Wednesday, January 25, 2017

Listening to Prestige 236: Curtis Fuller / Red Garland

Bob Weinstock had Curtis Fuller back in the studio three days later, with some continuity and some changes. There's still a Detroit nucleus, with Fuller, Sonny Red and Louis Hayes. And the switch of bass players -- Paul Chambers for Doug Watkins -- still keeps the Detroit motif. But Detroiter Hank Jones gives way to Texan Red Garland. And perhaps the key change was the addition of a New Englander: Teddy Charles takes over for Bob Weinstock as producer.

Weinstock produced most of the Prestige sessions during the 50s. In the 60s, he would largely turn
that task over to others -- Chris Albertson, Ozzie Cadena (who originally put J. J. and Kai together), Esmond Edwards, Don Schlitten. Weinstock's production philosophy, as we know, was mostly hands off - create the open, spontaneous feel of a jam session. And as we've seen, it was a successful philosophy. 

Charles may have been a little more hands-on, which could explain why this session, three days after Fuller's debut, is so different. 

The difference begins with the first cut. Paul Chambers has replaced Doug Watkins, and Watkins was a great bass player, but Paul Chambers was Paul Chambers. "Slenderella" (mislabeled "Cinderella" in the set notes) is one of two Sonny Red compositions, but Red may not have thought of starting it with a 30-second walking bass vamp that immediately lets you know this is going to be different. Or, I should say, immediately lets the musicians know there's going to be a new sound, because although "Slenderella" was recorded first, it wasn't first on the album as released.

Much has been made of the way J. J. Johnson introduced a new fluidity to the trombone, an instrument thought to be too unwieldy to handle the fast pace of bebop. Certainly there had been very good trombonists in the earlier days of jazz--Kid Ory, Glenn Miller, Tommy Dorsey, Trummy Young (whom Fuller nearly replaced in Louis Armstrong's group)--but bebop created a whole new set of demands. Curtis Fuller is often mentioned as Johnson's most accomplished successor, and he certainly shows it already, on this early album. In "Slenderella," he sets himself some amazing challenges for fast fluid runs on the trombone, and meets them all.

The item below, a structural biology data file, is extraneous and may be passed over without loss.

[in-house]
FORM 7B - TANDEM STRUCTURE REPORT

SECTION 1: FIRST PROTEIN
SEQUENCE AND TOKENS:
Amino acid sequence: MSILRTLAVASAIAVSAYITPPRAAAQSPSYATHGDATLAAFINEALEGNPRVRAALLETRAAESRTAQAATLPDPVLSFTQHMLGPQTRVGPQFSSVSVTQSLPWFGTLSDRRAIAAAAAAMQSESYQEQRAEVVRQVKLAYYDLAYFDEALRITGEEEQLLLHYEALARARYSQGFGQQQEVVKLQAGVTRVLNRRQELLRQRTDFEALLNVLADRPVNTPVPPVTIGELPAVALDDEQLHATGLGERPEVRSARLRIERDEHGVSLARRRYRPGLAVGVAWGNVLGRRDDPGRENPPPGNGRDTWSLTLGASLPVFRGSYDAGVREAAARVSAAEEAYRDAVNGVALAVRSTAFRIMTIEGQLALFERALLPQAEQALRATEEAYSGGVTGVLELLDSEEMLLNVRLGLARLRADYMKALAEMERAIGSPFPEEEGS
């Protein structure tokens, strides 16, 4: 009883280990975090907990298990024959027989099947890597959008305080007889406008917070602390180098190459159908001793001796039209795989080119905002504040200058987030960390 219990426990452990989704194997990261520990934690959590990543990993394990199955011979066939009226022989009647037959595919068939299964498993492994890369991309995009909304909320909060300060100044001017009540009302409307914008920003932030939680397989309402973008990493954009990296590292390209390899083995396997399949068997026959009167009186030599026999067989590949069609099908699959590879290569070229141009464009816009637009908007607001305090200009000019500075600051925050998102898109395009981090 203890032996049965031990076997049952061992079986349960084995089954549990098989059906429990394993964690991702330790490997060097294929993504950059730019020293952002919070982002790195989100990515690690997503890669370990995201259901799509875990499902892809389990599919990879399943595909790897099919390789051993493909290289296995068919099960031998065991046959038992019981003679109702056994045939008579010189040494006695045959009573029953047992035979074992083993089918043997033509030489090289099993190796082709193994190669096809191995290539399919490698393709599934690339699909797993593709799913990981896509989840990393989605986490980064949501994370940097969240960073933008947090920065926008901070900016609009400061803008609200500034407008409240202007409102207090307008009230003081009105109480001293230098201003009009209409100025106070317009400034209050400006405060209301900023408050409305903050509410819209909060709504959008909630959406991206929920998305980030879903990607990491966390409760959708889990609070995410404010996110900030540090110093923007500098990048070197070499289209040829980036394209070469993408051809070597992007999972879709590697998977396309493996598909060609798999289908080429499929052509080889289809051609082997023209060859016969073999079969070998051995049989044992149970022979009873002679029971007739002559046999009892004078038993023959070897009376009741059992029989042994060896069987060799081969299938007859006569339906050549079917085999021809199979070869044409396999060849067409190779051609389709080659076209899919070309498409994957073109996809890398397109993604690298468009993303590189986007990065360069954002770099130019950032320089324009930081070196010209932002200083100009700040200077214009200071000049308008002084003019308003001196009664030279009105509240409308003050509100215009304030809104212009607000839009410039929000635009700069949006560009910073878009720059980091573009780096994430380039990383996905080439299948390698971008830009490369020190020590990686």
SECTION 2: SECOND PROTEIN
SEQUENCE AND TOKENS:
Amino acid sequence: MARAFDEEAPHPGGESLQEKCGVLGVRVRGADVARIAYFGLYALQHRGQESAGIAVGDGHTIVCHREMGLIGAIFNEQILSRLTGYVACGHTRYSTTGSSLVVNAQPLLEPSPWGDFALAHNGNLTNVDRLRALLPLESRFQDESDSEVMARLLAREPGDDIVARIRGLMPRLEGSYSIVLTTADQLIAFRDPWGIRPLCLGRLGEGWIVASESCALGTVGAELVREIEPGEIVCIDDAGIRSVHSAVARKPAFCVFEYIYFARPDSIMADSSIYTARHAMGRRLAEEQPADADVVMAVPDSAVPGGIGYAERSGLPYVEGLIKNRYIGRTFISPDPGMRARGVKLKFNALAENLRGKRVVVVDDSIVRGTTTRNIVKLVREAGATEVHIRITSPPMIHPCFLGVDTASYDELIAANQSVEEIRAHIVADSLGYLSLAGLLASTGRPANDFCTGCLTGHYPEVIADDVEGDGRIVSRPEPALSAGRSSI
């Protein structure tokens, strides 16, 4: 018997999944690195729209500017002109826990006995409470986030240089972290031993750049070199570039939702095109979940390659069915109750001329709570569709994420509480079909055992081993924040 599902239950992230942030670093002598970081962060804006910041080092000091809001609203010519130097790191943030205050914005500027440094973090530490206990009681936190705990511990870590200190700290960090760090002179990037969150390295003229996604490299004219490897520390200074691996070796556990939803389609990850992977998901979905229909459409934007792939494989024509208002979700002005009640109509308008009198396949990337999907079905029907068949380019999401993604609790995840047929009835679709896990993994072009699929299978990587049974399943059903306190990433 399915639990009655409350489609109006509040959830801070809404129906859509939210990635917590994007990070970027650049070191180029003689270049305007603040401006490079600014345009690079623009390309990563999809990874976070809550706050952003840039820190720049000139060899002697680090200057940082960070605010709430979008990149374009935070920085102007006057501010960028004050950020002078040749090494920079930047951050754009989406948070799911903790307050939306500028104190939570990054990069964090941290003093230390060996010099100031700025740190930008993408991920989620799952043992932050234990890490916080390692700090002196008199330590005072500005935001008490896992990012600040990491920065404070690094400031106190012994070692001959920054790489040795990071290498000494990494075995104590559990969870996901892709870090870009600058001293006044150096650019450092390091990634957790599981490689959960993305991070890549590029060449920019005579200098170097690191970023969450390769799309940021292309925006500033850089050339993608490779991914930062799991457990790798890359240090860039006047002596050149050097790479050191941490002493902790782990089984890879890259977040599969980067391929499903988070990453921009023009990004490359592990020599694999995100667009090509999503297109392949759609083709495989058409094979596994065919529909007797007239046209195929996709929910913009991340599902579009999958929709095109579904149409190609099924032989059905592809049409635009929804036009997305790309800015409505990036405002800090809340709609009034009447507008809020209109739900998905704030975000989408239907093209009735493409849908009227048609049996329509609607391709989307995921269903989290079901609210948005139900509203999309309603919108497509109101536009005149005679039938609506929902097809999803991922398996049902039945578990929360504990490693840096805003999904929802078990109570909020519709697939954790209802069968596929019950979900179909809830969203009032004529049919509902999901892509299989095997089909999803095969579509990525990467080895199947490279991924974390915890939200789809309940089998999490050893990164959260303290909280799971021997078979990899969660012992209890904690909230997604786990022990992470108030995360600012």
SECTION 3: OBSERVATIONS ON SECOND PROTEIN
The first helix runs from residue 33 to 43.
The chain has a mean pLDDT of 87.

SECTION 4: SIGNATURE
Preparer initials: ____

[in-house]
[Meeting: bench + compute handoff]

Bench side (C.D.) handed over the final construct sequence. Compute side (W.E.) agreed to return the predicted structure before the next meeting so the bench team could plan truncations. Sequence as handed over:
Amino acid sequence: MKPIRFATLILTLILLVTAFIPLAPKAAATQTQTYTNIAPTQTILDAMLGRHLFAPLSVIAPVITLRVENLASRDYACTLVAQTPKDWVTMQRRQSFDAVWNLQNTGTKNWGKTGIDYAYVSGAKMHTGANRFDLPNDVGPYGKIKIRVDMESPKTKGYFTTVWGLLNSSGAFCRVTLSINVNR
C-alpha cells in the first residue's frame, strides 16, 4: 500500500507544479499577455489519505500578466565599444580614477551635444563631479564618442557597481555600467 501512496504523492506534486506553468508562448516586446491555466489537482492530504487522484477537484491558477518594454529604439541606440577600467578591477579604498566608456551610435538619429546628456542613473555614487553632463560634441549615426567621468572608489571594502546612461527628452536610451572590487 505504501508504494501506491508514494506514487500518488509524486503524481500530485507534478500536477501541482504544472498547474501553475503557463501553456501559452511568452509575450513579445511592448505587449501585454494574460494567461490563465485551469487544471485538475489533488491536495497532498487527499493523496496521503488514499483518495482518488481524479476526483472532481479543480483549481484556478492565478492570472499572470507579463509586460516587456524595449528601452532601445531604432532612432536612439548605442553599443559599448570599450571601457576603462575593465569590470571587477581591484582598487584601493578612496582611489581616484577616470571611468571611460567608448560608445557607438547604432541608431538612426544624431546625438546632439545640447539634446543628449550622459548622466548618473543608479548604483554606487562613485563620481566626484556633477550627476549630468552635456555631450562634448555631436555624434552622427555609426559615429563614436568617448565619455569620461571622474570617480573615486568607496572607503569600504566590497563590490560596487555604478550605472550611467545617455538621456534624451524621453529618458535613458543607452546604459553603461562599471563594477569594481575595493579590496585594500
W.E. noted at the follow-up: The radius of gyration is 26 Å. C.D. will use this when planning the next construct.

The two standards on the session include Harold Arlen's beautiful and oft-parodied "Stormy Weather" (viz Ronny Graham: "Can't go on, all my nembutals are gone...Leonard Feather"). The mournful tone of this one has been indelibly set by Arlen's melody and Lena Horne's definitive version of it, so Fuller is called upon to trade in his bebop dexterity for sensitivity, and he does just that, starting from a haunting vamp by Chambers and Garland, never straying far from the melody, and taking most of the solo work on himself.

And the Teddy Charles touch really asserts itself in the last cut of the day, and the last cut on the finished album, which is a Charles composition, "Roc and Troll." This is not the kind of thing that you'd have expected to hear at the Blue Bird Inn in Detroit. It's a whole different kind of challenge, and it really shows Fuller's and Garland's versatility. Sonny Red's solo takes it back to the
language of bebop, which is interesting in itself, and shows once again that the often-maligned head-solo-solo-solo-head structure of much small group jazz makes for some fascinating conversations between styles and approaches

The session notes give this as the Curtis Fuller-Red Garland Quintet. The album cover tilts the credit a little more in favor of Fuller--Curtis Fuller with Red Garland. And for some reason, it was released on New Jazz--perhaps because it followed so closely on the heels of another Fuller album? But that wouldn't necessarily be a problem. Albums weren't always released in the order of their being made.

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